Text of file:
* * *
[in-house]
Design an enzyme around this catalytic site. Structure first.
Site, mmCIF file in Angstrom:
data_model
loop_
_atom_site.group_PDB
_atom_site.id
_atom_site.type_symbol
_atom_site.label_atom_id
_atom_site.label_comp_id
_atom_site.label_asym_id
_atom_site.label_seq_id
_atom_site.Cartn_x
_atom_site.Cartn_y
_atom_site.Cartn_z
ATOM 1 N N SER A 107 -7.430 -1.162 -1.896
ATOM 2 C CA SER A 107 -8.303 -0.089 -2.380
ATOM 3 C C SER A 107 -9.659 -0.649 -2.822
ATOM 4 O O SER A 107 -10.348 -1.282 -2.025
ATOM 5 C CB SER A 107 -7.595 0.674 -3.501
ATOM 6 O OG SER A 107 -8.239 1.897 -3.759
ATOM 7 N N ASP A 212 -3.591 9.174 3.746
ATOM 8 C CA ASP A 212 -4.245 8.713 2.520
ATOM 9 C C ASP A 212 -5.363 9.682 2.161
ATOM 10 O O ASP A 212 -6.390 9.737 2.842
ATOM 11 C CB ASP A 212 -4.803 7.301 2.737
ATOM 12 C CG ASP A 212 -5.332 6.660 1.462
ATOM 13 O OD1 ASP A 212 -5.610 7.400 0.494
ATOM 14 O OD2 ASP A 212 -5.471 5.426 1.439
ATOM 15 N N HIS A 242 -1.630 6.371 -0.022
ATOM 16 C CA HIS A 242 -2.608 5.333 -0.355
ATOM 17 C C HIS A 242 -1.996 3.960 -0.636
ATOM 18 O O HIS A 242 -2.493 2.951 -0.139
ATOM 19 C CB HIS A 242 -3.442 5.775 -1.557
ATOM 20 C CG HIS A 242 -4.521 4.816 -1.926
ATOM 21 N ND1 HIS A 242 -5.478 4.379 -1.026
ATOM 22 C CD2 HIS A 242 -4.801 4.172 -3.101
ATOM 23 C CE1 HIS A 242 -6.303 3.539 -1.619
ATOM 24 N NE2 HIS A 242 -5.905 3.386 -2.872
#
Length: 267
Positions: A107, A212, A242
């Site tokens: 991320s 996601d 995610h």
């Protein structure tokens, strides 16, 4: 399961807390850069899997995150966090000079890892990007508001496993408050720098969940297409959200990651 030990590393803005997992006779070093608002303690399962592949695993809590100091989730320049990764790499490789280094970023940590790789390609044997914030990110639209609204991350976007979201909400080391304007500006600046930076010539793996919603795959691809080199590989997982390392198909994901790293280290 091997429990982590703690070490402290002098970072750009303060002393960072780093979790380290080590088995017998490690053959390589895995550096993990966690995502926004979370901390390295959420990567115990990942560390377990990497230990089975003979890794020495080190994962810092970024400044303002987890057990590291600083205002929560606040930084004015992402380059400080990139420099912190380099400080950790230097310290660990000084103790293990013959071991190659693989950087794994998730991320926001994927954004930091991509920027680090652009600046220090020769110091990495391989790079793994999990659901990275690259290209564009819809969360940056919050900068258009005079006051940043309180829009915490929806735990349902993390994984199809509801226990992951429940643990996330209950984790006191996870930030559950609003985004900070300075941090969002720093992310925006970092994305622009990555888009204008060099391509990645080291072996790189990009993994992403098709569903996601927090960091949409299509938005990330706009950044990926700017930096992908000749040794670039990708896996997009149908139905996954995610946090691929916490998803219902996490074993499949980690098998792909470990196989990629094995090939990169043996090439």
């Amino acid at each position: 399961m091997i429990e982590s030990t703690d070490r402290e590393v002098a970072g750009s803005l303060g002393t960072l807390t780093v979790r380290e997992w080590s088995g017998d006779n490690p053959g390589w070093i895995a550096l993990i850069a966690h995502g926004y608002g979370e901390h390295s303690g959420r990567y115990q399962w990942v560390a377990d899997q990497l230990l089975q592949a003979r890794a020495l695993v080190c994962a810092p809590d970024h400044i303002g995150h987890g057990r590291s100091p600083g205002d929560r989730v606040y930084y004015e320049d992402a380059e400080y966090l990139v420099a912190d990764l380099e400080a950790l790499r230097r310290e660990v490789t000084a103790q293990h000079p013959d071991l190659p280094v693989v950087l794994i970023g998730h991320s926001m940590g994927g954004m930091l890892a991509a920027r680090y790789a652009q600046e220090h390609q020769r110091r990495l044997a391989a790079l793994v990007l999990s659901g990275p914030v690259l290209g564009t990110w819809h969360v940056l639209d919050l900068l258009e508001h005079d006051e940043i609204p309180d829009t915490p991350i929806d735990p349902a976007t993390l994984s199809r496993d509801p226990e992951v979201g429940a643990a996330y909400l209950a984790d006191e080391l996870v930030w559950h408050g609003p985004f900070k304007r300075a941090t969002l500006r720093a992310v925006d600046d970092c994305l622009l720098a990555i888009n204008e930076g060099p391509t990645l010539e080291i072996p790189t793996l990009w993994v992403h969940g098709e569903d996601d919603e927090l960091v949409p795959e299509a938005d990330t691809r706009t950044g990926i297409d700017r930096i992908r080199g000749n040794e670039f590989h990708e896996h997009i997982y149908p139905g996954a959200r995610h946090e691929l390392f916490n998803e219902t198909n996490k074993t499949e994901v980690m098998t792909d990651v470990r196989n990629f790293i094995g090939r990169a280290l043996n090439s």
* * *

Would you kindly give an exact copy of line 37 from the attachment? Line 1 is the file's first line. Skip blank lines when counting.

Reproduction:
ATOM 22 C CD2 HIS A 242 -4.801 4.172 -3.101